Then match up a drill bit with the width of the littler branch. Drill a hole into a sturdy section of your branch. Add a small amount of Gorilla Glue and then press the small branch into the hole. Instant graft! (I have to admit, I felt like I was tampering with God’s creations here. Forgive me if I’ve committed a sin.)

Continue to check on your grafted branch to make sure it stays seated into the hole until the glue hardens.

Support your grafted branch onto other branches or prop it up to help keep it in position as it dries.

Continue to graft branches on as needed. I added about four new branches to mine. Can you see the fake ones?

Once the glue has dried, clean off any wood shavings and dirt.

Store your bangles and bracelets in the bowl.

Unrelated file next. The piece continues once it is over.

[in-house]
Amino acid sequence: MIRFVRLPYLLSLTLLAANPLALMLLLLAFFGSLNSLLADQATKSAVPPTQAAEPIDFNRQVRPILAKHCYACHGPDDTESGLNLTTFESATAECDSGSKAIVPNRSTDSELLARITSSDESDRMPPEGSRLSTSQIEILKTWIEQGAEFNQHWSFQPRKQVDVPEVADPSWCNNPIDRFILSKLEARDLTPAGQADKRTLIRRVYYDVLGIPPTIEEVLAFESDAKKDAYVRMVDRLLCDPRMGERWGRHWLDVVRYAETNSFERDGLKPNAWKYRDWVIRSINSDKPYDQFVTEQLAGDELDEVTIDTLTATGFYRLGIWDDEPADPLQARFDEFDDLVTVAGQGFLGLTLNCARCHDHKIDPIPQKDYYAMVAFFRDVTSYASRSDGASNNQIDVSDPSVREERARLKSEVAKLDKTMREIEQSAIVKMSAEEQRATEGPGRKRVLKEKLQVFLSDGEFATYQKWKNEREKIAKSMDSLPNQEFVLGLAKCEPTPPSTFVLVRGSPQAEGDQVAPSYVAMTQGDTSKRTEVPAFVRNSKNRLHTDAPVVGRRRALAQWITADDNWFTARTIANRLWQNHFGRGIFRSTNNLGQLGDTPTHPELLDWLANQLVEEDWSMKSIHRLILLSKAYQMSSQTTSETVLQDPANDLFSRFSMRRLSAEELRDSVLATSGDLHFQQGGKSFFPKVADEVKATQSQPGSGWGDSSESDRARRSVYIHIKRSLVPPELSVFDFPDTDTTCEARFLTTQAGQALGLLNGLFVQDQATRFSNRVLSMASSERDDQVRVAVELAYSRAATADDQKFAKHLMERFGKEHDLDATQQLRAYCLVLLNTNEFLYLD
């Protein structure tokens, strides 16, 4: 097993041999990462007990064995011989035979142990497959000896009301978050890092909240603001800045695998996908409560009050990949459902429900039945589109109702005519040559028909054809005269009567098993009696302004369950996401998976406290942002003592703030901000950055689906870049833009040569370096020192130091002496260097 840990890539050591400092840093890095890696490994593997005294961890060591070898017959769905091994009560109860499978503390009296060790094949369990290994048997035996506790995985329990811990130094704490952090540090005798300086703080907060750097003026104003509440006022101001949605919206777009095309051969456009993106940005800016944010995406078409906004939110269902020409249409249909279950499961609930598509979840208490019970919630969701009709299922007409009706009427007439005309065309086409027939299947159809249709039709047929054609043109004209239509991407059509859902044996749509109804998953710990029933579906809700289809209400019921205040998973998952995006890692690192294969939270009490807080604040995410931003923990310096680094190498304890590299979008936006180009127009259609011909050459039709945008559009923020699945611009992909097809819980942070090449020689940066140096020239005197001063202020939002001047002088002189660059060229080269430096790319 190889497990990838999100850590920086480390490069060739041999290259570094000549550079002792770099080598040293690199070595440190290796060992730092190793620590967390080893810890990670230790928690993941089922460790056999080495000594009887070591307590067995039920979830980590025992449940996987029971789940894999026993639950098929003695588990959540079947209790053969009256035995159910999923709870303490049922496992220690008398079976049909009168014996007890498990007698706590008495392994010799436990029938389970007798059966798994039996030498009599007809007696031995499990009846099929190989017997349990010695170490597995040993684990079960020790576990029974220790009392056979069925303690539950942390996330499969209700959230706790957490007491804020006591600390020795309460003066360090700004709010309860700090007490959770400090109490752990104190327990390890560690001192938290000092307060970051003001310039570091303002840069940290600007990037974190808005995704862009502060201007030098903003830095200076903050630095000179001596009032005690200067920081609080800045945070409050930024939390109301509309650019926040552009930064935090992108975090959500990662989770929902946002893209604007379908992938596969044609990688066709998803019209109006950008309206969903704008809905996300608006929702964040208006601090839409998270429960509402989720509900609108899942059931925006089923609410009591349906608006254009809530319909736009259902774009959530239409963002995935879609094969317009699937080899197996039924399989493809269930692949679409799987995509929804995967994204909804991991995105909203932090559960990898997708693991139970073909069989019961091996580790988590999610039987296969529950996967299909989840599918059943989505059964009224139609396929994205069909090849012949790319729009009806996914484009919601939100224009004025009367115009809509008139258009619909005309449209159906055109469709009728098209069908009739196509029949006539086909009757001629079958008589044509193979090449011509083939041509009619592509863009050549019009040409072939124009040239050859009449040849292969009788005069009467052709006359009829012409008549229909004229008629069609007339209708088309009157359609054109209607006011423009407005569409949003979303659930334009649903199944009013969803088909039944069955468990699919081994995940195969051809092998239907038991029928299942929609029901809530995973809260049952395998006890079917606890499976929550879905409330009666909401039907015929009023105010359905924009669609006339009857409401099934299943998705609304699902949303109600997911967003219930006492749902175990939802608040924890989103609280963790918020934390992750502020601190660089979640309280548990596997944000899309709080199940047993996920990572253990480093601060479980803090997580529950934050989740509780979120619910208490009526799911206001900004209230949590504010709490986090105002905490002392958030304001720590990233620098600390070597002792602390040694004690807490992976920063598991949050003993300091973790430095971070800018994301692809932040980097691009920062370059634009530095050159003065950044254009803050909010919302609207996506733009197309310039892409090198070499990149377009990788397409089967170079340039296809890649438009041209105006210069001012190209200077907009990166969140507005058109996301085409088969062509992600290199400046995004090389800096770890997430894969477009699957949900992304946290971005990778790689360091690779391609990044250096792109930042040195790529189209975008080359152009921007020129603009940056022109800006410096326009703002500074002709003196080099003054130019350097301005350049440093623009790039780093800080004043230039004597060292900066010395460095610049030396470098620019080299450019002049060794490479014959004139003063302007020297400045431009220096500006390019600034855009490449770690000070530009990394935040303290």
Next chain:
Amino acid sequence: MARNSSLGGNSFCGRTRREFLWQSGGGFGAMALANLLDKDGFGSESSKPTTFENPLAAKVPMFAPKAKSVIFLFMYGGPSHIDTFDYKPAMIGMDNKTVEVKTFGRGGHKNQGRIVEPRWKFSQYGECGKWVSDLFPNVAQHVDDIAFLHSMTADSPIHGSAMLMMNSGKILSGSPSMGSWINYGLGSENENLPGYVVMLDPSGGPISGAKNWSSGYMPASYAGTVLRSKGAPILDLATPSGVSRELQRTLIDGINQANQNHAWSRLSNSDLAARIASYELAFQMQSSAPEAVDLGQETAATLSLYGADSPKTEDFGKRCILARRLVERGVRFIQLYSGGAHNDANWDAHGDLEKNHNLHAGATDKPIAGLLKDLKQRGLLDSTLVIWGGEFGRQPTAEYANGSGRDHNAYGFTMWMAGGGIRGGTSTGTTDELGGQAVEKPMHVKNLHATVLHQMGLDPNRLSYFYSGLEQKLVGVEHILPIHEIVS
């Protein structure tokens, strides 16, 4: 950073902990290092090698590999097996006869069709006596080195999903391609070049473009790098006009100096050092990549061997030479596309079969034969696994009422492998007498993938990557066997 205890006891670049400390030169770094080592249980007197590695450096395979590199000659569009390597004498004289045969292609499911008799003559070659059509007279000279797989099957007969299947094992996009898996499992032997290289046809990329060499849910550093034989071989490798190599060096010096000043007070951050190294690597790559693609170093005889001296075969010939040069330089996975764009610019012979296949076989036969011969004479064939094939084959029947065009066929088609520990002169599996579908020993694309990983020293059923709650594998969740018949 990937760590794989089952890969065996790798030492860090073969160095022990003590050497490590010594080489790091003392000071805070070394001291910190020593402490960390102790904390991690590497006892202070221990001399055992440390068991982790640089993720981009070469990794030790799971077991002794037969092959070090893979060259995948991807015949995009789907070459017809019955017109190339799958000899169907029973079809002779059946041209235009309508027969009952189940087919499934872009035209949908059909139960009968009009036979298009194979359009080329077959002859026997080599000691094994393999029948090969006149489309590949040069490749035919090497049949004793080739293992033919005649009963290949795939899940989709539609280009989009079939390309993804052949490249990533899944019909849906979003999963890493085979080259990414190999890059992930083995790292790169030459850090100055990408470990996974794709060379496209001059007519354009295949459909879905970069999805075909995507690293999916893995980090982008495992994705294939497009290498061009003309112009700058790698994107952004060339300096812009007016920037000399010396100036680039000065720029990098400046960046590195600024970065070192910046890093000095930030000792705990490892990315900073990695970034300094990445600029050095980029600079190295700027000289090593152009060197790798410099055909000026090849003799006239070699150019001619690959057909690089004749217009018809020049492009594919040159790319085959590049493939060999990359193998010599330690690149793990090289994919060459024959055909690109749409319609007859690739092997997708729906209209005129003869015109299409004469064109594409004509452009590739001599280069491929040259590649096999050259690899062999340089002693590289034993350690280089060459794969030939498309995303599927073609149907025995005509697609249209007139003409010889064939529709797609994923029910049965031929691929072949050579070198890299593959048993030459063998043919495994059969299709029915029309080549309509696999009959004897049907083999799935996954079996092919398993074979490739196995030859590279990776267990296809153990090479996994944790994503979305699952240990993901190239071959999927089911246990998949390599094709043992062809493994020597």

Earrings hang nicely on the small branches like little ornaments.

Then hang your necklaces on display! I’m really enjoying seeing these beauties in the morning.

Much better than the cramped and sagging heating grate:

One more after shot. A beautiful branch jewelry tree. Are your eyes starting to get dreamy too?

New Life for a Borders Bookshelf

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I hope you will take a moment to view how I test drove my Dremel Trio. This is seriously a really fun power tool! Just be sure you are safe so as not to ruin the fun. Eye protection, face mask, and ear plugs. Check.

For those of you who like to skip to the end of the book and see the ending, here you go:


For the rest of you, here is how I created this cut out/back lit bookshelf that started life as a bookshelf from a closing Borders bookstore.


Tutorial for creating a cut out bookcase: